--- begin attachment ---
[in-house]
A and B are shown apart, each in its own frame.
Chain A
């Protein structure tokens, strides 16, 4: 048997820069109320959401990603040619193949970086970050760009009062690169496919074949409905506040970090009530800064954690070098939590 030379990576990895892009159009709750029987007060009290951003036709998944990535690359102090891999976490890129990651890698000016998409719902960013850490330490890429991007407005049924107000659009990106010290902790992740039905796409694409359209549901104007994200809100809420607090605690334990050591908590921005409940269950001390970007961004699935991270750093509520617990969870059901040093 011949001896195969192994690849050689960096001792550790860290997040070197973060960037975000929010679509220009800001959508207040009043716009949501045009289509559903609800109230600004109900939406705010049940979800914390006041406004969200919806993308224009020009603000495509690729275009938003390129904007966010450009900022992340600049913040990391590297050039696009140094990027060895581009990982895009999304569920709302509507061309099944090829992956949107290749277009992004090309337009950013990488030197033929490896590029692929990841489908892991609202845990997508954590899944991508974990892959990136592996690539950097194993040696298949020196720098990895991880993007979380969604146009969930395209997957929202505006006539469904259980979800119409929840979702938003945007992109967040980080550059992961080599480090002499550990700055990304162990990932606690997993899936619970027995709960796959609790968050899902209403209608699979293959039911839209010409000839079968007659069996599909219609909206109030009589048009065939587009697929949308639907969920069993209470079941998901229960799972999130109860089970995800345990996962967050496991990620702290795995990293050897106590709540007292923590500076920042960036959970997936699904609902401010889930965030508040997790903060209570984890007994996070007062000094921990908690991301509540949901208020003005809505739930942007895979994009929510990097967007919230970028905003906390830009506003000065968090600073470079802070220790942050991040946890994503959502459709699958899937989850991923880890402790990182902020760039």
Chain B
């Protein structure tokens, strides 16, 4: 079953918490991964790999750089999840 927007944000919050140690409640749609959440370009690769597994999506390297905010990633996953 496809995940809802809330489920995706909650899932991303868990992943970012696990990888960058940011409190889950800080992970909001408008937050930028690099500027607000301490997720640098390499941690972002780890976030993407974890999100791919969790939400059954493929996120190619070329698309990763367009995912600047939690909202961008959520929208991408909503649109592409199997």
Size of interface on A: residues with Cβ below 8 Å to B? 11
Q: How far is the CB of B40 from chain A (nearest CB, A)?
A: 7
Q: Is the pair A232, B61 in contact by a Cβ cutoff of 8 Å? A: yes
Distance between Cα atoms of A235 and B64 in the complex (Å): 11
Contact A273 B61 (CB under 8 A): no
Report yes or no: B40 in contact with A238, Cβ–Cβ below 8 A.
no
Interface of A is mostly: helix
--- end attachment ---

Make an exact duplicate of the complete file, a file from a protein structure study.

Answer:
[in-house]
A and B are shown apart, each in its own frame.
Chain A
């Protein structure tokens, strides 16, 4: 048997820069109320959401990603040619193949970086970050760009009062690169496919074949409905506040970090009530800064954690070098939590 030379990576990895892009159009709750029987007060009290951003036709998944990535690359102090891999976490890129990651890698000016998409719902960013850490330490890429991007407005049924107000659009990106010290902790992740039905796409694409359209549901104007994200809100809420607090605690334990050591908590921005409940269950001390970007961004699935991270750093509520617990969870059901040093 011949001896195969192994690849050689960096001792550790860290997040070197973060960037975000929010679509220009800001959508207040009043716009949501045009289509559903609800109230600004109900939406705010049940979800914390006041406004969200919806993308224009020009603000495509690729275009938003390129904007966010450009900022992340600049913040990391590297050039696009140094990027060895581009990982895009999304569920709302509507061309099944090829992956949107290749277009992004090309337009950013990488030197033929490896590029692929990841489908892991609202845990997508954590899944991508974990892959990136592996690539950097194993040696298949020196720098990895991880993007979380969604146009969930395209997957929202505006006539469904259980979800119409929840979702938003945007992109967040980080550059992961080599480090002499550990700055990304162990990932606690997993899936619970027995709960796959609790968050899902209403209608699979293959039911839209010409000839079968007659069996599909219609909206109030009589048009065939587009697929949308639907969920069993209470079941998901229960799972999130109860089970995800345990996962967050496991990620702290795995990293050897106590709540007292923590500076920042960036959970997936699904609902401010889930965030508040997790903060209570984890007994996070007062000094921990908690991301509540949901208020003005809505739930942007895979994009929510990097967007919230970028905003906390830009506003000065968090600073470079802070220790942050991040946890994503959502459709699958899937989850991923880890402790990182902020760039």
Chain B
């Protein structure tokens, strides 16, 4: 079953918490991964790999750089999840 927007944000919050140690409640749609959440370009690769597994999506390297905010990633996953 496809995940809802809330489920995706909650899932991303868990992943970012696990990888960058940011409190889950800080992970909001408008937050930028690099500027607000301490997720640098390499941690972002780890976030993407974890999100791919969790939400059954493929996120190619070329698309990763367009995912600047939690909202961008959520929208991408909503649109592409199997």
Size of interface on A: residues with Cβ below 8 Å to B? 11
Q: How far is the CB of B40 from chain A (nearest CB, A)?
A: 7
Q: Is the pair A232, B61 in contact by a Cβ cutoff of 8 Å? A: yes
Distance between Cα atoms of A235 and B64 in the complex (Å): 11
Contact A273 B61 (CB under 8 A): no
Report yes or no: B40 in contact with A238, Cβ–Cβ below 8 A.
no
Interface of A is mostly: helix